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Lewis & Clark College salutes star alumni

February 12, 2001

Lewis & Clark celebrated its finest during the Alumni Honors Banquet on Nov. 9 at the Benson Hotel in Portland.

The College honored Donald C. Johnson ’70, J.D. ’74 as Distinguished Alumnus and Hideo Nagura ’88 as the 2000 Outstanding Young Alumnus. R. Michael Kasperzak, Jr., ’76 and Paul C. Jorgensen ’85 received the Donald G. Balmer Citation for outstanding voluntary service to the College. James E. Emerson ’81, president of Roberts Enterprise Development Fund, was the keynote speaker.

Distinguished Alumnus Award Donald C. Johnson ’70, J.D. ’74

Donald C. Johnson’s life reads like an adventure novel, with Harrison Ford starring in the movie version.

Jamie Forman ’81, board of alumni president, outlined the facts.

Johnson majored in political science and Spanish while at Lewis & Clark. He intended to pursue a legal career but became intrigued by international affairs while studying international law and foreign policy with Professor Carlin Capper-Johnson. On a whim, Johnson took the foreign service examination—and passed. He entered the U.S. Foreign Service in 1974 and was immediately dispatched to Guatemala for two years. He learned Russian and was dispatched to the U.S. Embassy in Moscow. He then learned Chinese and moved to the embassy in Beijing.

Twenty-six years later, he is still dedicated to foreign affairs and the work of the U.S. Foreign Service.

He has served in Europe, Latin America and Asia and has also worked on the National Security Council staff at the White House. While in Honduras, he received the State Department’s Superior Honor Award for helping defend the U.S. Embassy against mob attack. From 1993 to 1996, he served as U.S. ambassador to Mongolia, a country undergoing profound political and economic change. After serving in Mongolia, he headed an international mission in Moldova.

In 1997, Johnson accepted an urgent assignment to become the U.S. representative on a three-member international commission that was charged with creating plans and procedures for the voluntary “decommissioning” of weapons held by Ireland’s paramilitary groups. He was team leader for the first voluntary decommissioning of weapons in Northern Ireland in December 1998.

Upon accepting the award, Johnson gave the audience a behind-the-scenes look (excerpted below) at “the scarier parts, as well as a lot of the adventure, like…

“Climbing an active volcano in Guatemala with my son, Steve, in a backpack and then having to run down the mountain when the volcano erupted 50 yards from us;

“Having my home wrecked by a 1976 earthquake in Guatemala that killed some 20,000 people;

“Living in an apartment in Moscow that was wired and regularly searched by the KGB;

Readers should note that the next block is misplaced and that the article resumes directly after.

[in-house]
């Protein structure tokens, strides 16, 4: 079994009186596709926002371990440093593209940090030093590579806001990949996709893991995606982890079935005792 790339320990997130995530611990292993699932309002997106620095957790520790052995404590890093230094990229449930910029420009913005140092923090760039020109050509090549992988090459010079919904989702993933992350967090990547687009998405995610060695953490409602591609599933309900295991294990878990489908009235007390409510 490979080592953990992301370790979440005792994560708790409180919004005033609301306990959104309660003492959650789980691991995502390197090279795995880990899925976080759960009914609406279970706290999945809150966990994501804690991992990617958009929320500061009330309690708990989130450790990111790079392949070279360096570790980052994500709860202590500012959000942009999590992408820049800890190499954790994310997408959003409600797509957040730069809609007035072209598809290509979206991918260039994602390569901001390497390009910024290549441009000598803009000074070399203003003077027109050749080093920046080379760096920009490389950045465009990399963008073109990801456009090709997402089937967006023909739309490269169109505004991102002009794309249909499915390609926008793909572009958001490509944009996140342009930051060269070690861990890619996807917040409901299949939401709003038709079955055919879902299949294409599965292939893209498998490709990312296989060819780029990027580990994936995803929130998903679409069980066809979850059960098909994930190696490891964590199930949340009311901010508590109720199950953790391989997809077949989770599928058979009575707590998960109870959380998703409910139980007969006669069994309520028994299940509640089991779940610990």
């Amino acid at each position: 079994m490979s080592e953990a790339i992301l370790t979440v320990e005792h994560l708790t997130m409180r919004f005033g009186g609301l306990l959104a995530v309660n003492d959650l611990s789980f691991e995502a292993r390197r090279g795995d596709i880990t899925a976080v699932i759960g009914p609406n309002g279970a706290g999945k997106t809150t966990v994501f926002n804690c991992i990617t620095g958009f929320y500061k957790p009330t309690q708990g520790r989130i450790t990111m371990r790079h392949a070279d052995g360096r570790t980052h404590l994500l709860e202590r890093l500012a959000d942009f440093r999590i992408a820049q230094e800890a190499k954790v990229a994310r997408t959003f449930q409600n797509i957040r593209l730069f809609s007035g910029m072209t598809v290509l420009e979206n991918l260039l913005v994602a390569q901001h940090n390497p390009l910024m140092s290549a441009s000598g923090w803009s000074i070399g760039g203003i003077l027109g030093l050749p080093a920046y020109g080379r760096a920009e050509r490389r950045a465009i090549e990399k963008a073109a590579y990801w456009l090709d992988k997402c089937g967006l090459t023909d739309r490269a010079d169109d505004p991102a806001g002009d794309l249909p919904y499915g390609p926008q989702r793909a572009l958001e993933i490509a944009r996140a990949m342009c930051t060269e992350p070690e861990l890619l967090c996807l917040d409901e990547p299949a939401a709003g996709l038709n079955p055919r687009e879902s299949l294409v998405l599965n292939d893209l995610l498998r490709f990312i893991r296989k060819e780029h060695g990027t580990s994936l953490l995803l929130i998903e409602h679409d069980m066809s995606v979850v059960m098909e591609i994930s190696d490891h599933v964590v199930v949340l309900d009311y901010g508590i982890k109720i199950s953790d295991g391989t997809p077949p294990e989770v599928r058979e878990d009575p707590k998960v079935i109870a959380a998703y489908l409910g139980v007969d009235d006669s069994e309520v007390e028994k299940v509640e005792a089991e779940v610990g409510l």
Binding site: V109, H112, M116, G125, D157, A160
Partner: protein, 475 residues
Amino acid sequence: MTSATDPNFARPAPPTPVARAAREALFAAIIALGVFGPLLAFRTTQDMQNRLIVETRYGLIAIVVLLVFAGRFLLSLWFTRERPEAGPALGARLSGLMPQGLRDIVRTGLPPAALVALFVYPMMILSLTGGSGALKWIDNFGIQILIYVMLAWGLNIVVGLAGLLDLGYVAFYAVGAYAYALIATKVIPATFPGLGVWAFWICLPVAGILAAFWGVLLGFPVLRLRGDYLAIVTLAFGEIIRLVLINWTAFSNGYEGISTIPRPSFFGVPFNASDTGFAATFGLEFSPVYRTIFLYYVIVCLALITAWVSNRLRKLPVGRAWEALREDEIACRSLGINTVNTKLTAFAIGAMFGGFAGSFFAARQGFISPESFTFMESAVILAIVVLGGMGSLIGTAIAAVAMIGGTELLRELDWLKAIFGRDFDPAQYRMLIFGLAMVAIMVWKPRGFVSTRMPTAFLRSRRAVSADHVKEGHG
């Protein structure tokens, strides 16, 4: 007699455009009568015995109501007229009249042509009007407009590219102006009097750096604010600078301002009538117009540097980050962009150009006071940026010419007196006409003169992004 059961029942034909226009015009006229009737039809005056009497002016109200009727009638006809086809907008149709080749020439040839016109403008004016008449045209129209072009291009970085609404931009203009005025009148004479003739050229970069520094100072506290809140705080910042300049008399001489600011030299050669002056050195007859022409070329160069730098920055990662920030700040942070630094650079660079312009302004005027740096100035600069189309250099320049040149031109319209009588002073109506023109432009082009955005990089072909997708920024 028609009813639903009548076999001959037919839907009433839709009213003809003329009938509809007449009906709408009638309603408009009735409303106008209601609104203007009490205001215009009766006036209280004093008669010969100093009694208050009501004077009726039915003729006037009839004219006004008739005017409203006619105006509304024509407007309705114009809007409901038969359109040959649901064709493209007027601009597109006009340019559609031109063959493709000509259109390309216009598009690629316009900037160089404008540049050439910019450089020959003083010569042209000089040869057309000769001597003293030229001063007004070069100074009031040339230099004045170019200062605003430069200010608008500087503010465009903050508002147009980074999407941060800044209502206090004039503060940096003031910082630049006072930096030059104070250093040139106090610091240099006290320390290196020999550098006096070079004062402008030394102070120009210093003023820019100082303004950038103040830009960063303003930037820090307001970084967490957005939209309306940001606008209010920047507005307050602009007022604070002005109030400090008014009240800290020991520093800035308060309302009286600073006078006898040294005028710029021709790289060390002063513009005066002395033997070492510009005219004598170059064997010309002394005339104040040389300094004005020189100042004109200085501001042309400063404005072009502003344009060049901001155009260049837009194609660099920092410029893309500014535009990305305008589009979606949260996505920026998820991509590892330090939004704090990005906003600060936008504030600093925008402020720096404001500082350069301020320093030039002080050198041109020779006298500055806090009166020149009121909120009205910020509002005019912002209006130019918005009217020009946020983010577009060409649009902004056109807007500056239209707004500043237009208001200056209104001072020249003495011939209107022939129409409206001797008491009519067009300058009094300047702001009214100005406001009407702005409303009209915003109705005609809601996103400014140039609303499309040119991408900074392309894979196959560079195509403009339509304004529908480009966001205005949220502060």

“Meeting the courageous Yelena Georgevna Bonner, wife of Andrei Sakharov;

“Being manhandled by the KGB heavies when, as an embassy human rights officer in Moscow, I attempted to attend the trial of a Soviet dissident;

“Helicoptering at treetop level in Central America to visit Nicaraguan contras and to do my part to support and explain the twists and turns of American policy to armed peasants;

“Being one of the first humans in a thousand years to visit the tomb of El Escribano in Copan, Honduras;

“Having my car burned by a mob in Tegucigalpa and having to fight a fire in the burning embassy annex with only a couple of colleagues beside me;

“Running out of gas in the air while traveling in a Soviet-era helicopter over a very remote part of Mongolia; or

“Sitting in a car in Northern Ireland with two other unarmed colleagues in December 1998, waiting for a phone call to a secret rendezvous to pick up paramilitary weapons, ammunition and explosives.

“For those who are U.S. taxpayers, I sincerely hope you feel that you have gotten your money’s worth,” Johnson quipped.

He thanked Donald Balmer, U. G. Dubach Professor of Political Science; Lloyd Hulse, professor emeritus of Spanish; James Holton, professor emeritus of political science and archivist; Ronald Lansing, professor of law; Bill Williamson, professor of law; the late Carlin Capper-Johnson, professor of international affairs; and Jack Cairns ’54, professor of law.

“But I also want to acknowledge a deeper debt to people I don’t know and probably will never know: to those who have helped build Lewis & Clark over nearly six generations, to the family that donated that fantastic Palatine Hill Road estate and the College leadership that developed it, and, finally, to the unknown members of the scholarship committee of 1966-67 who made it financially possible for me to attend Lewis & Clark.”


Outstanding Young Alumnus Award
Hideo Nagura ’88


Forman described Hideo Nagura as “a rising star in the field of international banking and finance.”

Nagura majored in international affairs and chaired the International Affairs Symposium. Today, he is an investment banker in the Corporate Advisory Division of the Bank of Tokyo-Mitsubishi, one of the world’s largest banks.